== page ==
In the U.S., Budweiser has been plugging its Made-in-America message with U.S.A.-themed ads and labels. In China, obviously, it has a different tactic. Budweiser's new summer campaign there involves electronic dance music and a sci-fi film set in a dystopian future where a bottle of Bud can set you free.
The four-and-a-half-minute ad, by CAA Marketing, features pop superstar Eason Chan as a bartender who helps actress Fish Liew escape from a gray, monotonous world, finding refuge in a dance club where she can let loose and be herself.
AB InBev's Budweiser markets itself as a premium beer brand in China. The brand's campaigns often have a different feel in China, which was the first market where Budweiser tapped into electronic dance music, or EDM. Now it's a big part of its strategy there. The brand took a risk with that, since EDM was little-known in China when Budweiser got interested.
Matt Che, Budweiser's North Asia-Pacific market VP, sensed there was potential. Chinese consumers who listened would say things like, "I feel a moment of peace, a moment of release after a tough day at work, when I hear the music," he recalled. The brand has worked on an EDM festival in China called Budweiser Storm since 2013. It started out in Shanghai and has spread to nine cities.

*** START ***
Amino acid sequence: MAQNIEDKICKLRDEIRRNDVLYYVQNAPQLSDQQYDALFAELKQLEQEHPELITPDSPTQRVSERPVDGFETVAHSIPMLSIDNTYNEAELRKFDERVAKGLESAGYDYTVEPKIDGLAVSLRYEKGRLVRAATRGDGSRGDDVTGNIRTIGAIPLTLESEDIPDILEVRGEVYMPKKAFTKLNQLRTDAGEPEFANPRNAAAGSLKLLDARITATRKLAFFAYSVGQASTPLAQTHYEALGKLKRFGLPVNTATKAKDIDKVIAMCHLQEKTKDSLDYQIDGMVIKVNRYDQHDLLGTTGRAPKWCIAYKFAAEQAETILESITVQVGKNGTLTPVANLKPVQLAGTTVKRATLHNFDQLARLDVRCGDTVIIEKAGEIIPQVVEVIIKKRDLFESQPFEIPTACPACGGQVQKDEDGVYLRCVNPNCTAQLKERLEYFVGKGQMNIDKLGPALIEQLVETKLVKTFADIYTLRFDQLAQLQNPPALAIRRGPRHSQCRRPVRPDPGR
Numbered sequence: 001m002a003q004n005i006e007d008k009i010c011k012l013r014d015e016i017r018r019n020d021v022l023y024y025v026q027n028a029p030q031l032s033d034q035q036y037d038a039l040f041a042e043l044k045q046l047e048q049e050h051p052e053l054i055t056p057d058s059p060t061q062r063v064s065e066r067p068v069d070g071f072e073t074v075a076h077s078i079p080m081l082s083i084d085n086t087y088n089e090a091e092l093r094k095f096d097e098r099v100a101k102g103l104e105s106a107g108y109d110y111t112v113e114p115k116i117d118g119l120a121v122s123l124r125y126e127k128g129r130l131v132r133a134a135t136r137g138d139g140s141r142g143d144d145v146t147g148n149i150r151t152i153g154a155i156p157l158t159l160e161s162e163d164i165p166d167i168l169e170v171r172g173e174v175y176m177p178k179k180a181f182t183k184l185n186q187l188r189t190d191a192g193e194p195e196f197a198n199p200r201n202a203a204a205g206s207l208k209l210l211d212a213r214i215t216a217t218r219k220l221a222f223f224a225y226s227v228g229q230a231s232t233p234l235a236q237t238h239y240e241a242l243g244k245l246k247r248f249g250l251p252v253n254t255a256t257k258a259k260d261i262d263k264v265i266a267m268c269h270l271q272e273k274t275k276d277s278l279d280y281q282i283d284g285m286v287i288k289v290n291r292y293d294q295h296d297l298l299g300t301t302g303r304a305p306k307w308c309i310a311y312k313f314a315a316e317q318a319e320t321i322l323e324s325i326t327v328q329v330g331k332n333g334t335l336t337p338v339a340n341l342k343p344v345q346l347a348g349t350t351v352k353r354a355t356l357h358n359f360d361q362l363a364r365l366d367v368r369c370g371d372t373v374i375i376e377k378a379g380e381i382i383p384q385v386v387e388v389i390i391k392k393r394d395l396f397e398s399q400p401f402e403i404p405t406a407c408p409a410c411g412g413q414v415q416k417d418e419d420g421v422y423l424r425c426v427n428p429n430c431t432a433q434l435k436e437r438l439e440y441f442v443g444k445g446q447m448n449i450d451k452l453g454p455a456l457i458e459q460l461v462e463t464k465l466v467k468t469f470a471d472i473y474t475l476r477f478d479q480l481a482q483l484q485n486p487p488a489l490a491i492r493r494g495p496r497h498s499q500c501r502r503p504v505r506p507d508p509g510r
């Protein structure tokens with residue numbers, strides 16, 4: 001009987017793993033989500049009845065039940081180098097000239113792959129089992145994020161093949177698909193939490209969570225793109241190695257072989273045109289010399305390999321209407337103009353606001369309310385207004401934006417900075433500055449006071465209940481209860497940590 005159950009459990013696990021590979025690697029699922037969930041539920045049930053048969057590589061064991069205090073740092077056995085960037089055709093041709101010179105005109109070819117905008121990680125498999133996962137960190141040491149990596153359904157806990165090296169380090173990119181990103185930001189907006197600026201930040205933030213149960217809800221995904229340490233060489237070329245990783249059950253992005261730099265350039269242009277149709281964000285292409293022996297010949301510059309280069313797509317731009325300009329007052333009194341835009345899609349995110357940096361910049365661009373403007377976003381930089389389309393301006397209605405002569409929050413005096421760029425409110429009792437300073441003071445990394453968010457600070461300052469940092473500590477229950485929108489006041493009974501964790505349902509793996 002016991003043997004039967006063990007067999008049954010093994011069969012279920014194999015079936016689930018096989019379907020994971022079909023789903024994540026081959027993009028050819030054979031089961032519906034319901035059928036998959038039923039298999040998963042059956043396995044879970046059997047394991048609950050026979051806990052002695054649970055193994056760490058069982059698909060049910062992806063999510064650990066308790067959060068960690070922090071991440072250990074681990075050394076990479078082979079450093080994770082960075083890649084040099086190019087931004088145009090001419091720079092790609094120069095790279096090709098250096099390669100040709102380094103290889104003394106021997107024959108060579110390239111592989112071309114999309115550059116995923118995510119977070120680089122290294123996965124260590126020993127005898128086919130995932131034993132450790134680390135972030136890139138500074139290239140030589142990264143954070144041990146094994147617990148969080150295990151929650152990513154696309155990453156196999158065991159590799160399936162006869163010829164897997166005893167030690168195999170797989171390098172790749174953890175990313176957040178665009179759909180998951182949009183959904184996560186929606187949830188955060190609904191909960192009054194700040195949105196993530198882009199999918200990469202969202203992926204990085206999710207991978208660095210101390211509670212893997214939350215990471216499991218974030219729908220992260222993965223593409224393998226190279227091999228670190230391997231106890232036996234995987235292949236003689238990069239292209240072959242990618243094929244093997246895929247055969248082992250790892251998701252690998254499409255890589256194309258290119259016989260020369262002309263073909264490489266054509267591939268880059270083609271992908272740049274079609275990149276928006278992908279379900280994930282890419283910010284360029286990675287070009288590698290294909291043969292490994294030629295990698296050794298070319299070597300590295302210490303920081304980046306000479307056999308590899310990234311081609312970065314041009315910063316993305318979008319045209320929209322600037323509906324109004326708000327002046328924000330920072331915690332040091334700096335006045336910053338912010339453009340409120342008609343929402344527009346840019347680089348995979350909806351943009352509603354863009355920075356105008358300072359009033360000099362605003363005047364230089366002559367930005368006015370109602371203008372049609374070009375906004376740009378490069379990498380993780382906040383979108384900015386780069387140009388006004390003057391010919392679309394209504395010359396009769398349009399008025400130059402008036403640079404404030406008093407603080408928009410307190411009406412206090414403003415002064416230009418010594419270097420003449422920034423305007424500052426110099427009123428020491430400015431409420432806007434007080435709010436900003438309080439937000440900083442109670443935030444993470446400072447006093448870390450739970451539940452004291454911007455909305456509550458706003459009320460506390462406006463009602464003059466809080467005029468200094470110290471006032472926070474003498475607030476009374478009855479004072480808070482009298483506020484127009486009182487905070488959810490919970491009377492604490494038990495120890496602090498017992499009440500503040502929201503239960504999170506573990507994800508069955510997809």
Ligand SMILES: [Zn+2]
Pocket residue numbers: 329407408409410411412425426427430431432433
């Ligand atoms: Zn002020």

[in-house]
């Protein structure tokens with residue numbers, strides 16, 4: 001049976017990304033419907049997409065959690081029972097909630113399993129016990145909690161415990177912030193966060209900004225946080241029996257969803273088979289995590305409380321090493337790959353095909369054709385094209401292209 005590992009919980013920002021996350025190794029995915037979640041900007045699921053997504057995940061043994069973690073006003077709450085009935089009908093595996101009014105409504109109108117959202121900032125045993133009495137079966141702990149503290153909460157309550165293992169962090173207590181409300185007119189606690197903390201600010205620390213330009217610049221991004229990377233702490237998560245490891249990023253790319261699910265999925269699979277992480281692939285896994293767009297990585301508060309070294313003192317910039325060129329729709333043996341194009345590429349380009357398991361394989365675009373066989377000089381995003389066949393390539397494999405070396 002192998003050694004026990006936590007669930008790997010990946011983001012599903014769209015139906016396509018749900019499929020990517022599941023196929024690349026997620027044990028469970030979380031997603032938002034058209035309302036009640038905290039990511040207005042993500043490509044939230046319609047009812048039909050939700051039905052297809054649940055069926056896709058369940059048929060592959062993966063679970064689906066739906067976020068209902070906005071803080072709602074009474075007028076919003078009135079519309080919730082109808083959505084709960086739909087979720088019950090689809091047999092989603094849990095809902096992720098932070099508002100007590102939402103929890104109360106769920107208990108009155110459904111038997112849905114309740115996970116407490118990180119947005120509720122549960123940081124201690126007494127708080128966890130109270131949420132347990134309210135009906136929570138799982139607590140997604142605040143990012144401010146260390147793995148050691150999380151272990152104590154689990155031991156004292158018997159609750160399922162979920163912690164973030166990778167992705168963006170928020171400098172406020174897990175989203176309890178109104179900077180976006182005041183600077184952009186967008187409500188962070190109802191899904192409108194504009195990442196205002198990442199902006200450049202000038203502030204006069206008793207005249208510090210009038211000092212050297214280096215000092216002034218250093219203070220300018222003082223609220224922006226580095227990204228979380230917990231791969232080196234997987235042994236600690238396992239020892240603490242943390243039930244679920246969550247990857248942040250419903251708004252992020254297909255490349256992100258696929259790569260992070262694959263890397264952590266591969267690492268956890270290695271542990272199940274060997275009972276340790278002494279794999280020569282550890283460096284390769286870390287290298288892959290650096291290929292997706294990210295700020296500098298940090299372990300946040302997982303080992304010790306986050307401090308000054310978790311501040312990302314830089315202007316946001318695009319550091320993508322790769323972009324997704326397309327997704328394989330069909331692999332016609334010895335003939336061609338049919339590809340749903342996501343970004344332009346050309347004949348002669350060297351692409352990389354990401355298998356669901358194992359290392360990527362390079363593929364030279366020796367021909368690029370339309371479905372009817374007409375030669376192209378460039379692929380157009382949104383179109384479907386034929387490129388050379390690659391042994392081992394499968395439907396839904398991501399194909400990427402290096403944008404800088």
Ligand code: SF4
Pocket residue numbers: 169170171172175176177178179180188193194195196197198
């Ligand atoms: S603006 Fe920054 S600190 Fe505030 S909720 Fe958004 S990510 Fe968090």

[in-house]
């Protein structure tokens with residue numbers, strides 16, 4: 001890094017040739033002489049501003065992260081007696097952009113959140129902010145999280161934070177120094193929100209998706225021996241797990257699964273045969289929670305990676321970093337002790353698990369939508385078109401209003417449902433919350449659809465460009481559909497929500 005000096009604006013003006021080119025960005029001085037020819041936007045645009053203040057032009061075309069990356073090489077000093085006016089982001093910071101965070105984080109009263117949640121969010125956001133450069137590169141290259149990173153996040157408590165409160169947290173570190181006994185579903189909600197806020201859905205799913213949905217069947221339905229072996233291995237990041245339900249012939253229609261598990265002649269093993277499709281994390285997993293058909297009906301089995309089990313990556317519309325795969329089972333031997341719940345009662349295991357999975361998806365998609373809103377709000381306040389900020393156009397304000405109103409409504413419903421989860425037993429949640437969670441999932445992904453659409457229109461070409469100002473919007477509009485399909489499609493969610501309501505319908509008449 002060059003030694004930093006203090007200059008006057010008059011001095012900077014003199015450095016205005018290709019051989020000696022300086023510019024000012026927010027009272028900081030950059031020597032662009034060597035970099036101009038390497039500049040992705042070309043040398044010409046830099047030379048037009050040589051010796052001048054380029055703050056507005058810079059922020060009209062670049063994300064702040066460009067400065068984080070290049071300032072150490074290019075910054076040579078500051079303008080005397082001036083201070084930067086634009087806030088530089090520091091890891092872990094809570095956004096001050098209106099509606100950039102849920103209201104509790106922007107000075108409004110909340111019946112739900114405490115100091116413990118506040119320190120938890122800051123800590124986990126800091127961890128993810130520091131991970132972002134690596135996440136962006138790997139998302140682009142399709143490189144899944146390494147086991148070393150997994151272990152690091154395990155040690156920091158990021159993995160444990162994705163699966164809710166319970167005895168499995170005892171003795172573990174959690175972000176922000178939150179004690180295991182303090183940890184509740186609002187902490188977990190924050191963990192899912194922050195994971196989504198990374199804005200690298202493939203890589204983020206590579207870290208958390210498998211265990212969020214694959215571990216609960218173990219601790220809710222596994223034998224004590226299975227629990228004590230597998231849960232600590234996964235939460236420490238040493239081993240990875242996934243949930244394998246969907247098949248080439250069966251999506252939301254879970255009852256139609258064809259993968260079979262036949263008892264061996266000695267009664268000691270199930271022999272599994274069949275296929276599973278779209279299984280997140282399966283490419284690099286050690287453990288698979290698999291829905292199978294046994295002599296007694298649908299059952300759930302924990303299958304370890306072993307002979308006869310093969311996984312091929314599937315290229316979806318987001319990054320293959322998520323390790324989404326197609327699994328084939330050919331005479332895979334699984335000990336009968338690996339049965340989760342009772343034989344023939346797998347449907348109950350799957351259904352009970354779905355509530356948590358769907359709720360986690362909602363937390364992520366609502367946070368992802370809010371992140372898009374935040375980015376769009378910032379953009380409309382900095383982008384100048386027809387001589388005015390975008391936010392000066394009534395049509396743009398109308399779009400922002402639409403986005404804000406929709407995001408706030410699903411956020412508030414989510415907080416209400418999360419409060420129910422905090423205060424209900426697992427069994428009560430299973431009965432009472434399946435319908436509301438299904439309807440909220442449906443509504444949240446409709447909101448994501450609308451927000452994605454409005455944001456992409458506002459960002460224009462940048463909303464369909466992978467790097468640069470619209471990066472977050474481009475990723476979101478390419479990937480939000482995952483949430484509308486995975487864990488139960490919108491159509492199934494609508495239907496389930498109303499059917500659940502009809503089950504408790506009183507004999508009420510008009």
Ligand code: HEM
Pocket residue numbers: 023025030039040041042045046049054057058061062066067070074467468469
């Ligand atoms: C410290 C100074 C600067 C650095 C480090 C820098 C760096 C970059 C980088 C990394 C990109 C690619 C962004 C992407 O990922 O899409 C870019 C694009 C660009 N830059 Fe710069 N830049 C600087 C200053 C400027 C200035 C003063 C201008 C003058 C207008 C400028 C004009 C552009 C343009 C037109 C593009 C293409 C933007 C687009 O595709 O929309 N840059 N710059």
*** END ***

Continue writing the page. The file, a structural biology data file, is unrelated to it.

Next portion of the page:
"A brand shouldn't always just see what consumers like," Che said. "We should be taking them with us, beyond expectations."
Cantopop singer Chan, paired with DJ Alok, made his first EDM track for the campaign. Budweiser had worked with CAA Marketing, part of Creative Artists Agency, on a Halloween campaign for China, and it tapped the agency again for this project. The inspiration for the video came from an activation the brand was planning involving wristbands that light up in time to music. Budweiser is distributing a few different versions of the wristbands this summer; their pulsing red lights are a note of color in the film, set in a world where everything is gray and nobody smiles.
"It's a metaphor for people living in modern society in Shanghai, New York or Paris ï¿½" people are doing their routine, living up to other people's standards or expectations," Che said. The film encourages people to break free and unleash their true personalities; it's called "Fang," which means "unleash" in Chinese.
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